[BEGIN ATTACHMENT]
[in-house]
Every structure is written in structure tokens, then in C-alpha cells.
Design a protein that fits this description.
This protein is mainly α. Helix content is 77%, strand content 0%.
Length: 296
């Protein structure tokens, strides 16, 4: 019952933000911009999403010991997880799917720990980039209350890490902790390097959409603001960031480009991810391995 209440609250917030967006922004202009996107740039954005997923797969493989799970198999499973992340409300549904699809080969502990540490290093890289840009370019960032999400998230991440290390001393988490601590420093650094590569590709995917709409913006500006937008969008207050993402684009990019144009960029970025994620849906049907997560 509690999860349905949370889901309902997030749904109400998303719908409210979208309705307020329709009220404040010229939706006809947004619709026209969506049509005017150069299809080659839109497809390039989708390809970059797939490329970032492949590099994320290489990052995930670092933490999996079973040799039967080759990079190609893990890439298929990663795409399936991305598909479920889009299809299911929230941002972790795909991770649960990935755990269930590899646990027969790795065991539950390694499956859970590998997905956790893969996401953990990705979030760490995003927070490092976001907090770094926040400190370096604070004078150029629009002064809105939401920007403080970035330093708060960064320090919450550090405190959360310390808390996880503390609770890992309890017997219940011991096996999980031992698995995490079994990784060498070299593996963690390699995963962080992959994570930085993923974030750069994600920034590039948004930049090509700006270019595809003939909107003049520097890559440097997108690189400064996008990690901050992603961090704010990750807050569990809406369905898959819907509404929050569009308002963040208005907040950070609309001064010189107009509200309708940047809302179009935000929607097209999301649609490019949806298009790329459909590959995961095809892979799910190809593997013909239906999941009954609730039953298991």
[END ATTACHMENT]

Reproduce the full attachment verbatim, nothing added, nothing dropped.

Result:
[in-house]
Every structure is written in structure tokens, then in C-alpha cells.
Design a protein that fits this description.
This protein is mainly α. Helix content is 77%, strand content 0%.
Length: 296
């Protein structure tokens, strides 16, 4: 019952933000911009999403010991997880799917720990980039209350890490902790390097959409603001960031480009991810391995 209440609250917030967006922004202009996107740039954005997923797969493989799970198999499973992340409300549904699809080969502990540490290093890289840009370019960032999400998230991440290390001393988490601590420093650094590569590709995917709409913006500006937008969008207050993402684009990019144009960029970025994620849906049907997560 509690999860349905949370889901309902997030749904109400998303719908409210979208309705307020329709009220404040010229939706006809947004619709026209969506049509005017150069299809080659839109497809390039989708390809970059797939490329970032492949590099994320290489990052995930670092933490999996079973040799039967080759990079190609893990890439298929990663795409399936991305598909479920889009299809299911929230941002972790795909991770649960990935755990269930590899646990027969790795065991539950390694499956859970590998997905956790893969996401953990990705979030760490995003927070490092976001907090770094926040400190370096604070004078150029629009002064809105939401920007403080970035330093708060960064320090919450550090405190959360310390808390996880503390609770890992309890017997219940011991096996999980031992698995995490079994990784060498070299593996963690390699995963962080992959994570930085993923974030750069994600920034590039948004930049090509700006270019595809003939909107003049520097890559440097997108690189400064996008990690901050992603961090704010990750807050569990809406369905898959819907509404929050569009308002963040208005907040950070609309001064010189107009509200309708940047809302179009935000929607097209999301649609490019949806298009790329459909590959995961095809892979799910190809593997013909239906999941009954609730039953298991």